Keep an eye on its subscription businesses

Most investors rarely discuss YouTube's subscription business because management buries the results within "Google Other Revenue," which includes revenue from the Google Play Store and hardware products like Pixel Phone, Nest Doorbells, and Google Home.

However, the video platform has several interesting subscription businesses that investors should pay attention to, like YouTube TV, which at more than 5 million subscribers, is the largest multichannel streaming platform measured by subscribers, surpassing the market share of Hulu Live in 2022, according to nScreenMedia. Additionally, in September 2022 Nielsen ranked YouTube TV the top streaming platform in the U.S. by TV viewing with an 8% market share, surpassing Netflix's 7.3% market share and Hulu Live's 3.8% market share. 

The cherry on top is that it recently landed the exclusive rights to distribute NFL Sunday Ticket. Management believes the deal will produce an attractive rate of return through three opportunities, which CFO Ruth Porat talked about at the Morgan Stanley Technology, Media, and Telecom Conference in February, saying:

One is the opportunity to extend subscriber growth on YouTube TV. The second is the opportunity to offer a stand-alone premium channel subscription for the NFL Sunday Ticket, distinct from a YouTube TV subscription. And the third, which is really interesting, is the opportunity with our top YouTube creators to offer them exclusive NFL content and see what they can do.

Shareholders should also remember that the company has two other significant subscription businesses: YouTube Premium, which enables subscribers to view YouTube and YouTube Music without ads; and YouTube Music Premium, which allows subscribers to see music videos without ads. Both premium services, when combined, recently exceeded 80 million subscribers and have huge growth potential.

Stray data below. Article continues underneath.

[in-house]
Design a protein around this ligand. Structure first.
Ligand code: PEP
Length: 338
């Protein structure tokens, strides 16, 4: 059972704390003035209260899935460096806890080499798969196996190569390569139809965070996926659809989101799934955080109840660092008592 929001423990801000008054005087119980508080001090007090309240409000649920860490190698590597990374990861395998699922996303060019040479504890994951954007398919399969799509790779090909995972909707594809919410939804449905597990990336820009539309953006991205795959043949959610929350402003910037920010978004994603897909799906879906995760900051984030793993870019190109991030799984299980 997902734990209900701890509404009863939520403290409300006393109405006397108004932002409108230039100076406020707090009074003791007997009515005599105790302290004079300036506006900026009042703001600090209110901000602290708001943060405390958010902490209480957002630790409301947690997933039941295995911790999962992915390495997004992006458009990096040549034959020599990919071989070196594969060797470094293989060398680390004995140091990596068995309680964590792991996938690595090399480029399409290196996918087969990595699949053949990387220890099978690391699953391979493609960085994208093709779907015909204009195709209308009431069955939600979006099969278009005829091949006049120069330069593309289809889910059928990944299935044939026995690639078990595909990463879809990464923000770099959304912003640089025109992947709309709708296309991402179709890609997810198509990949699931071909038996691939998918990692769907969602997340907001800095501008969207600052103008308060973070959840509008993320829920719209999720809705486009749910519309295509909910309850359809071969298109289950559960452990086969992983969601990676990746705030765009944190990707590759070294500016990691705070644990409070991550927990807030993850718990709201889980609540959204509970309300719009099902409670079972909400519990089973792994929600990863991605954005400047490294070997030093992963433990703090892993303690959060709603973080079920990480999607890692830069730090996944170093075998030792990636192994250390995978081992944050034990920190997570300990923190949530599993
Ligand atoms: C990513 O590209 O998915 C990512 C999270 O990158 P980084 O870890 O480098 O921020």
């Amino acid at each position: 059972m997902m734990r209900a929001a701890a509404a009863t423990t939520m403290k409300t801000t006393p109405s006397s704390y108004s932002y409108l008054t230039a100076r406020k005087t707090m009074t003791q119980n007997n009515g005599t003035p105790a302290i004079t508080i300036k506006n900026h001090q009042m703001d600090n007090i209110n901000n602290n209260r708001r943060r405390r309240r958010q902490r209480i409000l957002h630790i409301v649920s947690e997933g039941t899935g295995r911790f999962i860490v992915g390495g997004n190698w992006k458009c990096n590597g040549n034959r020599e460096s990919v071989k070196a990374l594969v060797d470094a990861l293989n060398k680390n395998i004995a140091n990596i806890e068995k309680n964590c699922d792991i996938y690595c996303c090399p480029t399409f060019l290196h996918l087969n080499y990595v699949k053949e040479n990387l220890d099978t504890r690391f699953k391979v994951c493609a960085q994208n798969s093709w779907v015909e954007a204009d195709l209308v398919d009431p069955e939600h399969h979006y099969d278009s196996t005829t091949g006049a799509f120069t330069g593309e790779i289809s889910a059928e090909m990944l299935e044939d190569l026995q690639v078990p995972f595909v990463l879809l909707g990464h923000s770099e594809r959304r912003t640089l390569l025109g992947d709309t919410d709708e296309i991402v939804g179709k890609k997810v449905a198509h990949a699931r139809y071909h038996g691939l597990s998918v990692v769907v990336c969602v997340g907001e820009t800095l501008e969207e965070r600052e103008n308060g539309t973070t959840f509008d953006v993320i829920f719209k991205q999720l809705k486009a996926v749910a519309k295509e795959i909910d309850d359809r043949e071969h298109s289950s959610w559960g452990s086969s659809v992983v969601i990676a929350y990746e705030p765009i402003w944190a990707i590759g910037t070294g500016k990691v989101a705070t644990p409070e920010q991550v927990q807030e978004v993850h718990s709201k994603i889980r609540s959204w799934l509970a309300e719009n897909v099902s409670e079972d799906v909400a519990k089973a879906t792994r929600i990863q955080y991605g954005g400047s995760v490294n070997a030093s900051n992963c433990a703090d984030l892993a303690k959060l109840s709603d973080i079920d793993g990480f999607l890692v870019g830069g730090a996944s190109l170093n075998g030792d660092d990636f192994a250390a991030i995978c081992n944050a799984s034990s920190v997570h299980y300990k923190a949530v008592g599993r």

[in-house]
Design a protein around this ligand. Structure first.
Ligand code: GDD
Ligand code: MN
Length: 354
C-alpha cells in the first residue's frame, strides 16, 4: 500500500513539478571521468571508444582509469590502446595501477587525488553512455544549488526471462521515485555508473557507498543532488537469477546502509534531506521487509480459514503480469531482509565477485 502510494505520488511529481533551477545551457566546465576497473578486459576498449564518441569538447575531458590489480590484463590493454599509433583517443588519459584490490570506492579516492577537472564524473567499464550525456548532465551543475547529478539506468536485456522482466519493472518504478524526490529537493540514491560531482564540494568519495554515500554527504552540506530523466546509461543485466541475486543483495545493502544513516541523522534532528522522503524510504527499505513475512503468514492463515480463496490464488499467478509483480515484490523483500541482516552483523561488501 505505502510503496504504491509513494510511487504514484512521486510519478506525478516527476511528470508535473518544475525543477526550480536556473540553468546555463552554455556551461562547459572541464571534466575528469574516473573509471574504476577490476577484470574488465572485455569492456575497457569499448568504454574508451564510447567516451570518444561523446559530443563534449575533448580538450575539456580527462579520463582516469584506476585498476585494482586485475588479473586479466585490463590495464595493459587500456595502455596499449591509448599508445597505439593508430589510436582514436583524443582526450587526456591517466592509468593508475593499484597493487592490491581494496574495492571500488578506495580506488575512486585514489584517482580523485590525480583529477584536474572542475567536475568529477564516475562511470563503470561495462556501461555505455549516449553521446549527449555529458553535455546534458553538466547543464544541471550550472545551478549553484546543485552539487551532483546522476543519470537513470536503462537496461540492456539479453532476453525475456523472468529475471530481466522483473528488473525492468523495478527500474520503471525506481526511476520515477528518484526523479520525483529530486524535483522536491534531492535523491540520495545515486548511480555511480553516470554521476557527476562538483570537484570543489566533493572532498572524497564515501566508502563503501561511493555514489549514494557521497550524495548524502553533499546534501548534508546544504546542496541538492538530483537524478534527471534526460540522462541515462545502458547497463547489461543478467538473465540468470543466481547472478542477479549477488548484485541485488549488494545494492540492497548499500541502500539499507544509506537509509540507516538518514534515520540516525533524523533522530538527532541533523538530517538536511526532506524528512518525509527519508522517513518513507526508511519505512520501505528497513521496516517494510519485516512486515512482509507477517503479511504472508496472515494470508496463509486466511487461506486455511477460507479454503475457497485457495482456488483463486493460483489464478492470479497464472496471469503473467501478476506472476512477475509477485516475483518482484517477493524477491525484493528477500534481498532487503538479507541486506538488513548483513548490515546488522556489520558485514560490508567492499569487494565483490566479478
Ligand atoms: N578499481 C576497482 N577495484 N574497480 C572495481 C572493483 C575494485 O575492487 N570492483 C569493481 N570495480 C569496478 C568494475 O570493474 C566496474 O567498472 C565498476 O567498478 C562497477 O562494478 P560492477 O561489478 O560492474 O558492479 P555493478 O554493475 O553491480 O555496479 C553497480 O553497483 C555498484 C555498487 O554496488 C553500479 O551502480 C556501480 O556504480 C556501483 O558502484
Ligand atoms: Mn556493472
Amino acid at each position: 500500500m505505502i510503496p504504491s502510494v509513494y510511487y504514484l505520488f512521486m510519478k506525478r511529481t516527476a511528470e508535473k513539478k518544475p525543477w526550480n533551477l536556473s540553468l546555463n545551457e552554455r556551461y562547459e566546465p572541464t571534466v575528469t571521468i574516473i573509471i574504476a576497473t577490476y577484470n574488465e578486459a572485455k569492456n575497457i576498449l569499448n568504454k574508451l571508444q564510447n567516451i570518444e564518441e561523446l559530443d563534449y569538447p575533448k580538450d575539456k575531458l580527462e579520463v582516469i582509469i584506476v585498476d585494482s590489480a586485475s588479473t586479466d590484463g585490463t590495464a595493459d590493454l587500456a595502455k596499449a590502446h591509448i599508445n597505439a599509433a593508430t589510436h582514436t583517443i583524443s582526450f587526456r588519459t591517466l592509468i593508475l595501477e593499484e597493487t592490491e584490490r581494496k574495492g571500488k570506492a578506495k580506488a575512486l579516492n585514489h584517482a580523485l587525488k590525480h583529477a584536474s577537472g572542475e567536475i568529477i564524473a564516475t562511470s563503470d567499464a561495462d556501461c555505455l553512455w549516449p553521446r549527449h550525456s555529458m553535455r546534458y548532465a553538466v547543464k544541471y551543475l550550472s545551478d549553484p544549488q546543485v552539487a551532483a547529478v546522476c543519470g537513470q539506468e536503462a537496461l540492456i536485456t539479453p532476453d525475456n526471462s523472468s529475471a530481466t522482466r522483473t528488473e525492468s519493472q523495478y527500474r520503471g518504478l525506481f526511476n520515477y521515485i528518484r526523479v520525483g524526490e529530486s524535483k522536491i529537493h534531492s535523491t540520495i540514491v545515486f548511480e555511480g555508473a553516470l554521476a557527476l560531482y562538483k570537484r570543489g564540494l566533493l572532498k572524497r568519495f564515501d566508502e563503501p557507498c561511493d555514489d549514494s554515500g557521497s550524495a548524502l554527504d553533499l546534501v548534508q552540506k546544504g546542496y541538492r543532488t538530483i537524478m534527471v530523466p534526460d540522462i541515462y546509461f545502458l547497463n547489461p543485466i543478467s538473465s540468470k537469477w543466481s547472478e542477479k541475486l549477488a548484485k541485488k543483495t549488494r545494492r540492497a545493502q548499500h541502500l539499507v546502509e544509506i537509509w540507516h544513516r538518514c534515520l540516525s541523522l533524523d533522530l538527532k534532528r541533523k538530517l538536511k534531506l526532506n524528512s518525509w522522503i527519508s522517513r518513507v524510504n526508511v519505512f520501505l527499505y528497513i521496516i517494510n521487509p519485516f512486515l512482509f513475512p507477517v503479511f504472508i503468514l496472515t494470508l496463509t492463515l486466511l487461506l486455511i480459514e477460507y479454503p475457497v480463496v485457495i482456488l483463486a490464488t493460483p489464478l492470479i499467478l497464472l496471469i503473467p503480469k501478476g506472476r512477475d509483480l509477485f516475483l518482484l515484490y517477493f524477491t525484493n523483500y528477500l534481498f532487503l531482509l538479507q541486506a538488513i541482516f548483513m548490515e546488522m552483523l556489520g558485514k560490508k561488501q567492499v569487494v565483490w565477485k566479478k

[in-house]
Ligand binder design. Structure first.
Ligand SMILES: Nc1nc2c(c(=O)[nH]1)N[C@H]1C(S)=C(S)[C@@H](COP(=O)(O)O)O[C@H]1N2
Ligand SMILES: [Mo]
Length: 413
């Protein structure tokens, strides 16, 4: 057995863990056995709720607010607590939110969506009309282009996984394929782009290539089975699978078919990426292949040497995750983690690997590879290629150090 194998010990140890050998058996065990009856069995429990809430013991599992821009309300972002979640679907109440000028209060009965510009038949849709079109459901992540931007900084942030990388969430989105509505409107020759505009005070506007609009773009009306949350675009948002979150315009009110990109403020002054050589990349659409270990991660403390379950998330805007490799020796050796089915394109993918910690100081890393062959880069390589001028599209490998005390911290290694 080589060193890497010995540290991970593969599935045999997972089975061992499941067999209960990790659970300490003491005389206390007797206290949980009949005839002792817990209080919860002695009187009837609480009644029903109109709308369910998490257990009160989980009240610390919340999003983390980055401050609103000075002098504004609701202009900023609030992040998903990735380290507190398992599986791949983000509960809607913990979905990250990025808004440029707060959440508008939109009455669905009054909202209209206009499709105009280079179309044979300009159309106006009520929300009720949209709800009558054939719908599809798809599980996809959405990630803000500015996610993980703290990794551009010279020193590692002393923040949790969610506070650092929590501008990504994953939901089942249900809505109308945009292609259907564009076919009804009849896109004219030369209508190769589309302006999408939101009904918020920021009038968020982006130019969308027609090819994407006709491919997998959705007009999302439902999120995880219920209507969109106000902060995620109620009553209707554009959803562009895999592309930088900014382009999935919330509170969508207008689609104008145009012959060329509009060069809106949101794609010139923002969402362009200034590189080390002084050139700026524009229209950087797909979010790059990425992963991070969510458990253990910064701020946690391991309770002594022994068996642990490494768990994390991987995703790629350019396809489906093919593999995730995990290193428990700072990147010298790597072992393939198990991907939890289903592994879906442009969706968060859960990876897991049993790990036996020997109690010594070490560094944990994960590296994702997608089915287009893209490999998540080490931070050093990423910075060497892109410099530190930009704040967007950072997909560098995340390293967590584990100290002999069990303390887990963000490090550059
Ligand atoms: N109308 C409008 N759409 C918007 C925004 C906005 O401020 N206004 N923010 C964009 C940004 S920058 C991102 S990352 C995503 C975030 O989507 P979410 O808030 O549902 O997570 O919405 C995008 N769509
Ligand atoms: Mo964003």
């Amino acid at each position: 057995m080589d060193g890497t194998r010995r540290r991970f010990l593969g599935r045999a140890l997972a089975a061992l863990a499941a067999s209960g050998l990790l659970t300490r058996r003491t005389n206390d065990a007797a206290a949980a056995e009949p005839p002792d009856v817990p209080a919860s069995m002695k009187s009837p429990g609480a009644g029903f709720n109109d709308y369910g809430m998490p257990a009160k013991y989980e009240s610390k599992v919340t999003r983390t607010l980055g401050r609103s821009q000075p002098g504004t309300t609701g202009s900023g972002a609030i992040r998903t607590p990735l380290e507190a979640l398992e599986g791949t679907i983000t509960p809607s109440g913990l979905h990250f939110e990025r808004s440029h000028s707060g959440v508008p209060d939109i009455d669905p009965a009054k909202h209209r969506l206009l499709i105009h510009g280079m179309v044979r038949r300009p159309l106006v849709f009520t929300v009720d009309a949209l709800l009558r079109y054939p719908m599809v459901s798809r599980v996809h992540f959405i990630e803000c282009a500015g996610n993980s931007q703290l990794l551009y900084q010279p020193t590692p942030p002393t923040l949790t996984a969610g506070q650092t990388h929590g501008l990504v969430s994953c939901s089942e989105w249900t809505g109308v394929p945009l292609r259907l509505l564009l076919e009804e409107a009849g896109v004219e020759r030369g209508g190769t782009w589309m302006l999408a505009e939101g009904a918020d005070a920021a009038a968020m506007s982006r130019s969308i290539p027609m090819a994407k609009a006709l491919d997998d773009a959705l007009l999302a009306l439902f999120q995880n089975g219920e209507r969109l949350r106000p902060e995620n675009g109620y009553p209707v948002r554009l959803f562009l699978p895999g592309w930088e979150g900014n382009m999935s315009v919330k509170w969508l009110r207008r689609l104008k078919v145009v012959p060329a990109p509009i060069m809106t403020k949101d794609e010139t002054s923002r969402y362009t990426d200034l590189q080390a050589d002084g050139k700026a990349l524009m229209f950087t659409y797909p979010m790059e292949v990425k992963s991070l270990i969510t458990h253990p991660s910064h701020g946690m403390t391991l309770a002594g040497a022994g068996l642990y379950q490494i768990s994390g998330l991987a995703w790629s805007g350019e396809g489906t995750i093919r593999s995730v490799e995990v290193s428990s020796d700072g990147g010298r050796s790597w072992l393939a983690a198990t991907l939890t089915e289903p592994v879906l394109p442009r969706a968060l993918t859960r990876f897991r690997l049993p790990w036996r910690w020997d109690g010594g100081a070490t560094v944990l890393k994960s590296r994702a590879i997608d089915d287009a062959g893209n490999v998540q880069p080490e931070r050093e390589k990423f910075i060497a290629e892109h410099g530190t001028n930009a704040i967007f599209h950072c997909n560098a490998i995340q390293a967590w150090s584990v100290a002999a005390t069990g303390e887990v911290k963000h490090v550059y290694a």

Looking to the future

Some other initiatives coming down the pike with high future growth potential are the company making it easier for content creators and brands to sell products and services on YouTube and also, the creation of generative artificial intelligence (AI)-powered tools for content creators.

The company has yet to describe what its AI tools will be able to do. Still, one can imagine that its future generative AI tools will incorporate many of the features of existing third-party AI video generators, like helping content creators with idea generation, using different backgrounds, adding or deleting items in a video, avatar creation, and making videos in other languages -- imagine the possibilities.

Suppose you are an Alphabet shareholder; you have little reason to be concerned about YouTube's future. On the contrary, it remains the most attractive online video property, with plenty of avenues for future outsized growth.